Make or Buy?

The McKinsey Quarterly, Autumn 2001 | Go to article overview

Make or Buy?


During the past 20 years, companies around the world have embraced sometimes wrenching operational-improvement programs, from total quality management and lean manufacturing to reengineering. While the press may have exaggerated their benefits, many such companies did succeed in boosting productivity.

But the harsh truth is that for all the recent gains in quality and productivity, the global economy demands operational improvement at an ever-accelerating pace. Best practices soon give way to better ones. So do best operations. Managers assume that a secondary activity outsourced to a specialist can realize not only higher performance levels but also significant savings. Furthermore, these managers view almost any savings at all as a reason to act--a serious error. Companies give away value when they outsource a slice of operations (manufacturing assets, accounting services, the information technology unit) without first improving those operations to the extent that they can. The new provider of the outsourced service will make the improvements instead and reap the rewards, as Stephen J. Doig, Ronald C. Ritter, Kurt Speckhals, and Daniel Woolson show in "Has outsourcing gone too far?" In only one respect is value likely to be spread out: eliminating those latent inefficiencies raises the performance bar fo r "competing" activities that other large companies have kept inside.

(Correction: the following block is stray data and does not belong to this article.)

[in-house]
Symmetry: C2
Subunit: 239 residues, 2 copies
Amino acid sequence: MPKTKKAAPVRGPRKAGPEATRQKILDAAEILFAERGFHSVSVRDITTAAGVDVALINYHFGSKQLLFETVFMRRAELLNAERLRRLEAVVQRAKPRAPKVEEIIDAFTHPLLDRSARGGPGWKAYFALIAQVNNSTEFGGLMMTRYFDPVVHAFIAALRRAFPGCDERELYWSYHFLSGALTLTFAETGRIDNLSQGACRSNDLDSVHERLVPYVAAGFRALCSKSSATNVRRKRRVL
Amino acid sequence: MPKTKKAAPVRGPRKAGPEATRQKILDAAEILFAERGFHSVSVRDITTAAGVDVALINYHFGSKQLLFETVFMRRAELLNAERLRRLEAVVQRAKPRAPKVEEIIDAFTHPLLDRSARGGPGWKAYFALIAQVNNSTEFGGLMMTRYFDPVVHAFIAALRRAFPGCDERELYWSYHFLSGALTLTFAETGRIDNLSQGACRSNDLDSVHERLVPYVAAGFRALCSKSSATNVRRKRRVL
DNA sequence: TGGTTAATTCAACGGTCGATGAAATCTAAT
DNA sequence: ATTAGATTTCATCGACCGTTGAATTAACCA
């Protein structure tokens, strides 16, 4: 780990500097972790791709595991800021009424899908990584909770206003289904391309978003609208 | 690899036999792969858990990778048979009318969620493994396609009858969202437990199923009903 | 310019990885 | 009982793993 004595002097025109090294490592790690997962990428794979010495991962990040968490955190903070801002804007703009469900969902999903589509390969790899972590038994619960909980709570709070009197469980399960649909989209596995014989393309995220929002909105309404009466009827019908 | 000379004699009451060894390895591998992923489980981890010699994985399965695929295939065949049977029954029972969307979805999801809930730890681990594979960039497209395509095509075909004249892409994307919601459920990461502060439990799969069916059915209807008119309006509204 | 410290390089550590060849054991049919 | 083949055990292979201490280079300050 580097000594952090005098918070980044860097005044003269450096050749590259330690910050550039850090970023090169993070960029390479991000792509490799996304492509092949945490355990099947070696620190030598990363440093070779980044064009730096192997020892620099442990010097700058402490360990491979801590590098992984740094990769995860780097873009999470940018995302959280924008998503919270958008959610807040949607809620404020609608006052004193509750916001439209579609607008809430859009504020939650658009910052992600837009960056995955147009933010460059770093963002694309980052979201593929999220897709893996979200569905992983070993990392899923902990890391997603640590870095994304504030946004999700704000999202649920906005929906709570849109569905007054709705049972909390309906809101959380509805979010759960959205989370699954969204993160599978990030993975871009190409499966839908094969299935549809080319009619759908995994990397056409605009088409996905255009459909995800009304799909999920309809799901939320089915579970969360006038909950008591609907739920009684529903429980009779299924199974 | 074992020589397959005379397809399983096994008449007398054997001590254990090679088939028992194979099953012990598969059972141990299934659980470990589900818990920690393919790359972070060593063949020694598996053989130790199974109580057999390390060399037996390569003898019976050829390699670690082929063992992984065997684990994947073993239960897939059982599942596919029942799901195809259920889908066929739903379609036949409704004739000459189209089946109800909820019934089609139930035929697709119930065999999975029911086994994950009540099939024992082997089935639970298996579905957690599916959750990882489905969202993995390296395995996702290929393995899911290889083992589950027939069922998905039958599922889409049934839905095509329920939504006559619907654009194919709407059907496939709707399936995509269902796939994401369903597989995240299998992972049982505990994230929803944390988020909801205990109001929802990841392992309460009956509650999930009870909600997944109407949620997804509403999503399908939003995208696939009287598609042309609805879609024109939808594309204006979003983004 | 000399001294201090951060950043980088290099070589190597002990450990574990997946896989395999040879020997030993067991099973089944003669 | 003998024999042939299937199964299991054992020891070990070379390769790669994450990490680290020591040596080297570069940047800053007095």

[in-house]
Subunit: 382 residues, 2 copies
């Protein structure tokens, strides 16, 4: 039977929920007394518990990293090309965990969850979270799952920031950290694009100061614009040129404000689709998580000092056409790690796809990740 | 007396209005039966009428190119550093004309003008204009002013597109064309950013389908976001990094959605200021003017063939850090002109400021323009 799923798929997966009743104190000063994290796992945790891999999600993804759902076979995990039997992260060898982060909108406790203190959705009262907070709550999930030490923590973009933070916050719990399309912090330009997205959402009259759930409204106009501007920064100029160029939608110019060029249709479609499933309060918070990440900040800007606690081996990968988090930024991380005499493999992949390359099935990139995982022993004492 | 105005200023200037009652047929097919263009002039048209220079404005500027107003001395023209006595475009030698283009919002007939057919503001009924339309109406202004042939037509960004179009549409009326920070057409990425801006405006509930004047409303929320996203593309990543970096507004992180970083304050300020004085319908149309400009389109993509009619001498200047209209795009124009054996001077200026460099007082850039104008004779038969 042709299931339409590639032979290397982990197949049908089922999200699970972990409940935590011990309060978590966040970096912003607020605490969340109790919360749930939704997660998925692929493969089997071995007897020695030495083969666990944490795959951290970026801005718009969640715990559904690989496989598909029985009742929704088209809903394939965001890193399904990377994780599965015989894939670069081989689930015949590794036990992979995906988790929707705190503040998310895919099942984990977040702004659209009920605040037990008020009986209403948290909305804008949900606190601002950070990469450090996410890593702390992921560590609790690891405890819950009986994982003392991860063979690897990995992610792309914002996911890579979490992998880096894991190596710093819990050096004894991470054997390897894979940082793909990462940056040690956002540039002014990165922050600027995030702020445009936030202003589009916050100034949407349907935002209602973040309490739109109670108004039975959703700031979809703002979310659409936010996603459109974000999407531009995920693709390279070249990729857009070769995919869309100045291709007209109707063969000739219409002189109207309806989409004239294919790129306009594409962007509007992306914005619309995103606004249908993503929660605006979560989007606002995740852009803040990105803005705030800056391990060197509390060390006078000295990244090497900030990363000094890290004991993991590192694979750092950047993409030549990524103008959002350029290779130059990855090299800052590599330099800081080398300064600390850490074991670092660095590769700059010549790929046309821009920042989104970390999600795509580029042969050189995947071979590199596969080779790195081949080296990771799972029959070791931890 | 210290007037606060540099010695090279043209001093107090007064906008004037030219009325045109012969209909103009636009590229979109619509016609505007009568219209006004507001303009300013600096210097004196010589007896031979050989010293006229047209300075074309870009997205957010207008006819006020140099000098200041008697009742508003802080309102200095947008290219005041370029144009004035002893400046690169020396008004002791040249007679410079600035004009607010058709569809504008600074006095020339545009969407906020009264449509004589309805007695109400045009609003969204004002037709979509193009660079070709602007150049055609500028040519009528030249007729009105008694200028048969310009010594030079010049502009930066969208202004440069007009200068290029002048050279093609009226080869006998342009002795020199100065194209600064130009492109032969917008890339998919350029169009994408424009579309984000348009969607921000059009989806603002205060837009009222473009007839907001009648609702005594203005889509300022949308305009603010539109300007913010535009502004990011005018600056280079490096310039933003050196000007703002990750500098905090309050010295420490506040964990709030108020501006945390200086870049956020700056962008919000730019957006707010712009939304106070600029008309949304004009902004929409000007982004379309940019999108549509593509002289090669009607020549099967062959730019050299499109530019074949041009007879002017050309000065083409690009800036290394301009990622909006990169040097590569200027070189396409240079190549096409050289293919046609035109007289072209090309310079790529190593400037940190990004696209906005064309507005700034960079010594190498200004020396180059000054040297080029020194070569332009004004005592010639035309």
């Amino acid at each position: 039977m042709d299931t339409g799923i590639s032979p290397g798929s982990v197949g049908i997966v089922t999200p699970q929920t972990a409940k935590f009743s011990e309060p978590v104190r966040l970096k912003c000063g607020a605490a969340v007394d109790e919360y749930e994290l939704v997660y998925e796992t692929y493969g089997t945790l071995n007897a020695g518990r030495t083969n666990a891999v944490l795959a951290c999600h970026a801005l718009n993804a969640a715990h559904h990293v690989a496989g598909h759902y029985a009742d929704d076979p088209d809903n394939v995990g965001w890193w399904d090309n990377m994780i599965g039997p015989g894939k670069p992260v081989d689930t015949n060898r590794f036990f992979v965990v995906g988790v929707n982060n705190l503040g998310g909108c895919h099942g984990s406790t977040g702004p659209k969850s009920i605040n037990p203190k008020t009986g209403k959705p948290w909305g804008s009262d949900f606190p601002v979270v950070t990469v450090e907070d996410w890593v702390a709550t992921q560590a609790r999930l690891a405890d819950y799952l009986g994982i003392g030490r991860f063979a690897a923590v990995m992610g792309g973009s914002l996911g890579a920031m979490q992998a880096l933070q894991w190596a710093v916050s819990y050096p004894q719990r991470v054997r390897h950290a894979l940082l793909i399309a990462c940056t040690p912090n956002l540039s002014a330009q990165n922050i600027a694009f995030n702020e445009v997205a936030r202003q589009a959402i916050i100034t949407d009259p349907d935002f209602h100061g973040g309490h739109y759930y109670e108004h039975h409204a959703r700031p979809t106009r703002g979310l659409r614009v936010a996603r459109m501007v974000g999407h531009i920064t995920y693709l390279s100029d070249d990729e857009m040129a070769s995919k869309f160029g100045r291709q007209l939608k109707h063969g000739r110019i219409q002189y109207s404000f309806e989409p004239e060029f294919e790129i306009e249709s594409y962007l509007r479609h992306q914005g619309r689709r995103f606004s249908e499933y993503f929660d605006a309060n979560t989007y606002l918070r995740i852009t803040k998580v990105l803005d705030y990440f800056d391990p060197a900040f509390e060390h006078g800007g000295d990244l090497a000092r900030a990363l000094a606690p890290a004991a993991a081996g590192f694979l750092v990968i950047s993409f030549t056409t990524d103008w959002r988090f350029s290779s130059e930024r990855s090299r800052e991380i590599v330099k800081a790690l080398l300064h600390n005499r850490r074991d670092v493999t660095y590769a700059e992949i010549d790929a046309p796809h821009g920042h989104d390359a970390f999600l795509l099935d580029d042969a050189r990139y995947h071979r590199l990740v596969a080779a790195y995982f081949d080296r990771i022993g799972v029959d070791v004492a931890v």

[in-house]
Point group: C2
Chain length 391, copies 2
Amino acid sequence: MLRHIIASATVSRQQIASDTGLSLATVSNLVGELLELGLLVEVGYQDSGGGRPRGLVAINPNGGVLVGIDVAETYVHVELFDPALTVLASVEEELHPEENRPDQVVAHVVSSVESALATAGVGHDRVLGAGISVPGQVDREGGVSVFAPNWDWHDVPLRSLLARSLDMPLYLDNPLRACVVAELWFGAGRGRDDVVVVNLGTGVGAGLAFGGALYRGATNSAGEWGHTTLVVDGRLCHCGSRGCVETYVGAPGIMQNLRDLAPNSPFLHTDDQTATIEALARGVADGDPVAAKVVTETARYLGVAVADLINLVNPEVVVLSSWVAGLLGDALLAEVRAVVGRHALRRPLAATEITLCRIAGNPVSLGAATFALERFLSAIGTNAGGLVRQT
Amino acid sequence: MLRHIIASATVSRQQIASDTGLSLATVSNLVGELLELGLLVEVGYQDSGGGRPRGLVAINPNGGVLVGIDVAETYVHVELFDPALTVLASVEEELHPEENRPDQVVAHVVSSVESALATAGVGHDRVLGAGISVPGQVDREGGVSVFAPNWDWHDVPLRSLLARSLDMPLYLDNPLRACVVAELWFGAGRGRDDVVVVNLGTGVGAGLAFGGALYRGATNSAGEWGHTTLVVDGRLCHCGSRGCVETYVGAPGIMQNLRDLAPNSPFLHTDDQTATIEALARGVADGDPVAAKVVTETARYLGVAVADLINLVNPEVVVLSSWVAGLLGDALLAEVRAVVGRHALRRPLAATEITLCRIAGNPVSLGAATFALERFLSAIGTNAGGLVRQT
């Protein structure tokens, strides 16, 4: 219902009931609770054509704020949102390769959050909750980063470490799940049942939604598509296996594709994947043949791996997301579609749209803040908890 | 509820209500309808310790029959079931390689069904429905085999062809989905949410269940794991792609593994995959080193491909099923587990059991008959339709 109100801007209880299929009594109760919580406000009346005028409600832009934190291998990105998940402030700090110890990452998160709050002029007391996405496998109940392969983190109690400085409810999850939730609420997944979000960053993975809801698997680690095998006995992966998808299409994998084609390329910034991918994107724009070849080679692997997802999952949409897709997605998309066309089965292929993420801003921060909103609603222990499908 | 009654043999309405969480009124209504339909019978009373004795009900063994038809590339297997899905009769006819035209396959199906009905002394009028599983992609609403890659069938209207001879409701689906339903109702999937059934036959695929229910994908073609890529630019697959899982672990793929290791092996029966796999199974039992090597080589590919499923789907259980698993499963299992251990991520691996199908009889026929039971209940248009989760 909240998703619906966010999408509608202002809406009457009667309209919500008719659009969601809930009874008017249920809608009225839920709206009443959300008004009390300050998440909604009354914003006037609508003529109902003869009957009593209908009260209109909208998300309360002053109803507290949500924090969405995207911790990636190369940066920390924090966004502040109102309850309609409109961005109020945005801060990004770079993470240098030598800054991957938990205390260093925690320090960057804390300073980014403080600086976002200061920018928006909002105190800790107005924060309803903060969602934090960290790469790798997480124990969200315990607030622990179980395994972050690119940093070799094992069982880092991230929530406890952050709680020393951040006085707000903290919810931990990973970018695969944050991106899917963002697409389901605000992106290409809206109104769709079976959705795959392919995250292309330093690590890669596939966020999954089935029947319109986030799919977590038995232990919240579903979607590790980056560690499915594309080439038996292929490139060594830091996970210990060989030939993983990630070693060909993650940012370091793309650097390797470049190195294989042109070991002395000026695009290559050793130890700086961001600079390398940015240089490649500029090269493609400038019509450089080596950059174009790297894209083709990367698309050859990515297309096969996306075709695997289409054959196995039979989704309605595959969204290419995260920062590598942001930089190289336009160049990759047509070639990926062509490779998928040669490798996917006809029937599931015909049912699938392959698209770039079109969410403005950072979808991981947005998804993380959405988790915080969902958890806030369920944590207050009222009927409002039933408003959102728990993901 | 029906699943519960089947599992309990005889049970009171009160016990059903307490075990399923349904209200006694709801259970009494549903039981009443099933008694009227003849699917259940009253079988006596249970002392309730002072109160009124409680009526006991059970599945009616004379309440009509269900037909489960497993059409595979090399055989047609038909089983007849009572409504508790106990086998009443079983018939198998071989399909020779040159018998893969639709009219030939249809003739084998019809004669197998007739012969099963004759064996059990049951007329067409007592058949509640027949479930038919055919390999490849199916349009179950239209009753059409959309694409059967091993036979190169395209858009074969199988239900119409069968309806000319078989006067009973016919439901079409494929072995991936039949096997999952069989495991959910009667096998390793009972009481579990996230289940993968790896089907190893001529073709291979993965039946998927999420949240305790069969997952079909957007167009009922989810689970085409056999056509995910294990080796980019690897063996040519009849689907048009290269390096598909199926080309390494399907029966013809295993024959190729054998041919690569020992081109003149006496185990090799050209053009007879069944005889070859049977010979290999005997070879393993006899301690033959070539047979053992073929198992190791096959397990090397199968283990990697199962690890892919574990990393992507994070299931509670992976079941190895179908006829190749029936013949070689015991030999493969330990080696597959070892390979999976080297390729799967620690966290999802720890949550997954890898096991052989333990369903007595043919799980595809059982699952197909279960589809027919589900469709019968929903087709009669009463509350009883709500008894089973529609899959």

There is more to successful outsourcing, however, than retaining as much value as a company can. Outsourcing may be a sterile pursuit unless its benefits are distributed throughout the value chain--a reality that is evident in the auto industry, note Anjan Chatterjee, T. V. Kumaresh, and Aurobind Satpathy in "Biting the hand that feeds you," on page 28. The manufacture of automobiles, once the most vertically integrated of all businesses, is now among the most disaggregated. But if carmakers wield their disproportionate bargaining power to squeeze suppliers, the results may come back to haunt them. In the meantime, the only hope suppliers have for boosting their margins appears to lie in continually improving their operations. …

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